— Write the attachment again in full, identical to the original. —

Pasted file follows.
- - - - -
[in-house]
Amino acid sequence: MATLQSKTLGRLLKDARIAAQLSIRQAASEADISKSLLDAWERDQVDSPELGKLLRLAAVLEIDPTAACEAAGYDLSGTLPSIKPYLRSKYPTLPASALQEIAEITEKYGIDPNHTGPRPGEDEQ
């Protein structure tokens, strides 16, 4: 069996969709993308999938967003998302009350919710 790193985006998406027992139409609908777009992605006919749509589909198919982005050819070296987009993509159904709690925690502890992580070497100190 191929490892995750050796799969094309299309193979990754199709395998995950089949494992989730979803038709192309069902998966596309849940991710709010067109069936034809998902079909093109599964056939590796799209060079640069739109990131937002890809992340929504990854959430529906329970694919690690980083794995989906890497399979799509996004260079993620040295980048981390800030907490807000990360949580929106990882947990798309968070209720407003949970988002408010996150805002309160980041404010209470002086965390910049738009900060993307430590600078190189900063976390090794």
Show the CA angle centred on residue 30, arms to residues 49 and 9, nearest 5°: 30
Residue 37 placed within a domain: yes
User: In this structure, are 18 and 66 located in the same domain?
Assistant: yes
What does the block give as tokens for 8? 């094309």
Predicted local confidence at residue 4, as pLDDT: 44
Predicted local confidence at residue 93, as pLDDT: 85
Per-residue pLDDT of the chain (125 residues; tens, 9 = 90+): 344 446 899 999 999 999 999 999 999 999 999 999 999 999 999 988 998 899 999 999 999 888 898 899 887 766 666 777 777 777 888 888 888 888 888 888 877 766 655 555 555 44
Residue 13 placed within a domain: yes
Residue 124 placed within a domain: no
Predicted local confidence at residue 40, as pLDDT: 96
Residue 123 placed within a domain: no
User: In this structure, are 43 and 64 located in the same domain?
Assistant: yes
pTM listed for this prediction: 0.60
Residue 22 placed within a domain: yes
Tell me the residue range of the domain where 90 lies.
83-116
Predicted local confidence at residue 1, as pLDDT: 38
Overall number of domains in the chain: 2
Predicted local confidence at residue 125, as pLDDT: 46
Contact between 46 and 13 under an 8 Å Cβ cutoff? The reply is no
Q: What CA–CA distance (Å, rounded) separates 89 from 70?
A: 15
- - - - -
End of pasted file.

[in-house]
Amino acid sequence: MATLQSKTLGRLLKDARIAAQLSIRQAASEADISKSLLDAWERDQVDSPELGKLLRLAAVLEIDPTAACEAAGYDLSGTLPSIKPYLRSKYPTLPASALQEIAEITEKYGIDPNHTGPRPGEDEQ
């Protein structure tokens, strides 16, 4: 069996969709993308999938967003998302009350919710 790193985006998406027992139409609908777009992605006919749509589909198919982005050819070296987009993509159904709690925690502890992580070497100190 191929490892995750050796799969094309299309193979990754199709395998995950089949494992989730979803038709192309069902998966596309849940991710709010067109069936034809998902079909093109599964056939590796799209060079640069739109990131937002890809992340929504990854959430529906329970694919690690980083794995989906890497399979799509996004260079993620040295980048981390800030907490807000990360949580929106990882947990798309968070209720407003949970988002408010996150805002309160980041404010209470002086965390910049738009900060993307430590600078190189900063976390090794």
Show the CA angle centred on residue 30, arms to residues 49 and 9, nearest 5°: 30
Residue 37 placed within a domain: yes
User: In this structure, are 18 and 66 located in the same domain?
Assistant: yes
What does the block give as tokens for 8? 């094309």
Predicted local confidence at residue 4, as pLDDT: 44
Predicted local confidence at residue 93, as pLDDT: 85
Per-residue pLDDT of the chain (125 residues; tens, 9 = 90+): 344 446 899 999 999 999 999 999 999 999 999 999 999 999 999 988 998 899 999 999 999 888 898 899 887 766 666 777 777 777 888 888 888 888 888 888 877 766 655 555 555 44
Residue 13 placed within a domain: yes
Residue 124 placed within a domain: no
Predicted local confidence at residue 40, as pLDDT: 96
Residue 123 placed within a domain: no
User: In this structure, are 43 and 64 located in the same domain?
Assistant: yes
pTM listed for this prediction: 0.60
Residue 22 placed within a domain: yes
Tell me the residue range of the domain where 90 lies.
83-116
Predicted local confidence at residue 1, as pLDDT: 38
Overall number of domains in the chain: 2
Predicted local confidence at residue 125, as pLDDT: 46
Contact between 46 and 13 under an 8 Å Cβ cutoff? The reply is no
Q: What CA–CA distance (Å, rounded) separates 89 from 70?
A: 15